@Brant Richardson , good point. Banks aren't what they are used to be, and if his banker is comfortable, he's probably in good shape.

I'm curious where you are you getting a $1200 Sec8 rent for a 2BDR on a $55K house? Great deal, congrats!

I know S8 rents for my areas pretty well. $1200 for a 2BDR is VERY good for such a low value purchase price.

Originally posted by @Garrett Fulton :
Hello BP!!

After 4 months of reading everything I could on this site, in March I finally took the plunge and bought my first rental property in Baltimore Md. After getting the property leased up( using property manager) with section 8 tenants in mid April, I purchased another property in the beginning of May and am just finishing up the drawn out section 8 process (found the tenant, inspection complete. Just waiting on the rent amount to come back from the housing authority.)

I'd definitely say that I have the itch and am ready to start looking for my third property... However others in my family and friend circle(who are more conservative in their investing) are advising me against it.

I'd like to get BP opinions/ experience. Have you any advice for a newish investor who is torn between playing it safe(waiting for a certain period before acquiring any more) or continuing until I reach my goal.

Below is some info so that you might get a better understanding of my goals and where I am coming from.

My goal: I am currently one full year out of college working as a marine engineer aboard a ship. I am away from home for half the year :( In 10 years I'd like 20 properties or enough passive income so that I can stay home full time and possibly start a family. I'd still work ( become a real estate agent or continuing in the field of engineering), however id like a safety net!

Current properties

#1) 2 bed 1 bath totally rehabbed (new mechanicals and 4 year old roof)

Purchase price: 55k

Rent: 1174

50% rule cashflow: 284 per month

#2 4 bed 2 bath totally rehabbed ( new hvac, appliances, and mechanicals)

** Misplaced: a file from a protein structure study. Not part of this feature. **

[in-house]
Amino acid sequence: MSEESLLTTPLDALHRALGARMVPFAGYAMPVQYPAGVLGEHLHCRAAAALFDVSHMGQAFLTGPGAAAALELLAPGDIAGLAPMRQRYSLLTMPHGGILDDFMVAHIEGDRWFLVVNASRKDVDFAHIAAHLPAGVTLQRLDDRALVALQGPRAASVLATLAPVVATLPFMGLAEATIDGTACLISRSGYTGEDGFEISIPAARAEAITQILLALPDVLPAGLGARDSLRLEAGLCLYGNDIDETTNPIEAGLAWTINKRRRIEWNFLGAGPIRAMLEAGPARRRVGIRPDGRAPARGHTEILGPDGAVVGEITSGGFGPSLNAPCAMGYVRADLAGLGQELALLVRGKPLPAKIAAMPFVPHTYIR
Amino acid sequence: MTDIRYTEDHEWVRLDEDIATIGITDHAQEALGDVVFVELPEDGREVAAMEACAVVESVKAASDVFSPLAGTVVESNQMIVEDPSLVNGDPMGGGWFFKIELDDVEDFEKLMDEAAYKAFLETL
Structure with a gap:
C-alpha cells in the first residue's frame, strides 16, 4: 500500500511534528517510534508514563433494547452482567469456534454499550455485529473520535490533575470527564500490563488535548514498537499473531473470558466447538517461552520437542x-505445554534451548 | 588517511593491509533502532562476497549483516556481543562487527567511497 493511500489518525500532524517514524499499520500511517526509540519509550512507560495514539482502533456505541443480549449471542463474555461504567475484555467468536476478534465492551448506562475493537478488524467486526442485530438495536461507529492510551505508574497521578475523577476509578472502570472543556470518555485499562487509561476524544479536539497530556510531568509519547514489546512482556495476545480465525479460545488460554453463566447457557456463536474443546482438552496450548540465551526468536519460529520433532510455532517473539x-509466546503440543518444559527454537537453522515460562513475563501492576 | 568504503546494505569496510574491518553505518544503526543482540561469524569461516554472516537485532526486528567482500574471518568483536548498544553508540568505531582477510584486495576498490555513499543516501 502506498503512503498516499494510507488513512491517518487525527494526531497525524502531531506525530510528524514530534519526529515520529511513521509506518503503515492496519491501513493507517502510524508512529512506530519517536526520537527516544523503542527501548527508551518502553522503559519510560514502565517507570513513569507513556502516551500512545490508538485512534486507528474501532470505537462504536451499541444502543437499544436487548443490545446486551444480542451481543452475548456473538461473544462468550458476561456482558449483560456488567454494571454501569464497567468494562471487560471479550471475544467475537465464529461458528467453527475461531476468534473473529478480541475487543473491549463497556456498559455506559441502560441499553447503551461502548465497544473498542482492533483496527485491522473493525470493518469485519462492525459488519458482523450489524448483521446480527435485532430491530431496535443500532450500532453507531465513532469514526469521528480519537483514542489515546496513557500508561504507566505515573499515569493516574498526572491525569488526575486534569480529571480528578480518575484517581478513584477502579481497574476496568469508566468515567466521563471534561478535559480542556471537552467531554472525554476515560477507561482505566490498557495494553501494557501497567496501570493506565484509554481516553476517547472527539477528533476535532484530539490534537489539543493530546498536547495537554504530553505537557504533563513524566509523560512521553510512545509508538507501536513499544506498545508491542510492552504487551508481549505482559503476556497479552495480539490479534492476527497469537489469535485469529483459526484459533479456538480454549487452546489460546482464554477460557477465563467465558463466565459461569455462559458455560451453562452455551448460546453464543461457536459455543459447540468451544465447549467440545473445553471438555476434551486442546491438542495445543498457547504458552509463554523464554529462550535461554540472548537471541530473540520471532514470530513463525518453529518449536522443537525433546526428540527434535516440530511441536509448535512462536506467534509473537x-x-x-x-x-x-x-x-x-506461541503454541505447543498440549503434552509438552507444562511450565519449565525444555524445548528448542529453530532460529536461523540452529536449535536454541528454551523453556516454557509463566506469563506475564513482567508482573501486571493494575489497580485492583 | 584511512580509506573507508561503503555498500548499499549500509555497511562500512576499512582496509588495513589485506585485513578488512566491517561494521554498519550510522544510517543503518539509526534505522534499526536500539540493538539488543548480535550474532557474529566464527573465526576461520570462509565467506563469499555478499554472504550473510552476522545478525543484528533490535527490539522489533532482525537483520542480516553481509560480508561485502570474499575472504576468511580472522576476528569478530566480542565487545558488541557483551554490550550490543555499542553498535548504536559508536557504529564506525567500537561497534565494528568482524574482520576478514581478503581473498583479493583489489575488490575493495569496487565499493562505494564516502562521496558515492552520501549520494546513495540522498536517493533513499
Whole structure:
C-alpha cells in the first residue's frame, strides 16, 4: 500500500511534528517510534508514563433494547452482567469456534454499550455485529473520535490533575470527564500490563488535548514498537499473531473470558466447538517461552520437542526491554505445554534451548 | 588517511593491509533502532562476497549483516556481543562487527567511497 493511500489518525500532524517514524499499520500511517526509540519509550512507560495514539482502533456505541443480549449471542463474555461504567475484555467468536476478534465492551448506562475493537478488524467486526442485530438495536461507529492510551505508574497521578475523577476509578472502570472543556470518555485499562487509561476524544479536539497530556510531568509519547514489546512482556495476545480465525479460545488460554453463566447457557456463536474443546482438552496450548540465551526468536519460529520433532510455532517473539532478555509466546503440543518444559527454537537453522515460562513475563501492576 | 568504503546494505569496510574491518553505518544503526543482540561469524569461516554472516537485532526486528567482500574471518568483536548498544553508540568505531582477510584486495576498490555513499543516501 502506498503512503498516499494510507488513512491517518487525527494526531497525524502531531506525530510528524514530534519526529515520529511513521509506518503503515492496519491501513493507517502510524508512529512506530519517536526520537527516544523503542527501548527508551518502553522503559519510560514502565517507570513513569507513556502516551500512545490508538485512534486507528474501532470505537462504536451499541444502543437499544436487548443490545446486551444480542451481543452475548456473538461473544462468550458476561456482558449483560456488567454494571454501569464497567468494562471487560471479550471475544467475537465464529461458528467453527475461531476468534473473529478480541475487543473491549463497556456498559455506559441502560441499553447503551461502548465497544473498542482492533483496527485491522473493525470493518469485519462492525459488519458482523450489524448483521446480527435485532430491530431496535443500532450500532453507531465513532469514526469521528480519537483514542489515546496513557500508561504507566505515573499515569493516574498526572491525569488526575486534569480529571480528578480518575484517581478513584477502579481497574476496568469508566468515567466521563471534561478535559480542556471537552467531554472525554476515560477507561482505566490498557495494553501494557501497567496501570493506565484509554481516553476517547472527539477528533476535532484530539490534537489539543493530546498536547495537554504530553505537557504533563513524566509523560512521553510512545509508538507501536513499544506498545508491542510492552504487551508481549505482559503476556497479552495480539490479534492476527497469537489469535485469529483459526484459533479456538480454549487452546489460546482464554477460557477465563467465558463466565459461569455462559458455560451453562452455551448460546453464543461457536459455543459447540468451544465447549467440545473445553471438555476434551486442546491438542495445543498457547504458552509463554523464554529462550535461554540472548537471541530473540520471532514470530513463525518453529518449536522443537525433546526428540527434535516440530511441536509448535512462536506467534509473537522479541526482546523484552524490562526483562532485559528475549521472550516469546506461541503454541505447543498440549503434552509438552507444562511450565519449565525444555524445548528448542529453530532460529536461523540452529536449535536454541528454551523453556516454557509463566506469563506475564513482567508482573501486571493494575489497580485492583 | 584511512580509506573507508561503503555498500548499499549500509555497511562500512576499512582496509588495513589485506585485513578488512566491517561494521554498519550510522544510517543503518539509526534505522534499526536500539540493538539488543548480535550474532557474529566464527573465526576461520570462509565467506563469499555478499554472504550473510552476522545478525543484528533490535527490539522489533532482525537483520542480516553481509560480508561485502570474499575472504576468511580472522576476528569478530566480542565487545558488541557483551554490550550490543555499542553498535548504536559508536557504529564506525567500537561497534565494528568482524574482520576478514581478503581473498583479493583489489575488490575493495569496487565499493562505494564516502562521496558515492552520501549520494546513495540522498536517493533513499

Purchase price: 95k

Projected rent: 1700

50% rule cashflow: 250 per month

Both properties are financed through conventional 30 year loans. According to my lender i qualify for one more conventional loan up to 95k until I get a raise or show 2 years w2 income on current properties. If I were to purchase another property between 70k-100k with (20% down payment and closing costs), I'd only have about $12,000 in reserves for three properties.

Thank you for reading what seems to me a long, confusing and boring post! However, I would very much appreciate some thoughts on weather I should push forward or hold steady for the time being. Any experience, advice, warnings and the like will be greatly received!

Hi Garrett,

When I first started investing I built a very large portfolio in a short time.

I was only buying for quantity and for the purpose of being able to brag how I own a large property portfolio.

It cost me hundreds of thousands of $$$ in opportunity costs as great deals kept crossing my inbox but I didn't have the capacity to purchase them.

My word of advice would be to stay patient and wait for the screamer deal to come along.

They always do.

Just my opinion.

Thanks

@Garrett Fulton First thank you for serving. Next I second @Ned Carey . You have 2 very good deals, now look for the great one. put the word out with your friends around base, your family, etc. As to umbrella insurance I would look into it. It is really very inexpensive and will help you sleep at night. Be sure to send a colleague request to Ned he is very experienced and the time will come when you have a very important question or need advice and he will probably be able to help you in 2 minutes. Good luck in your investing.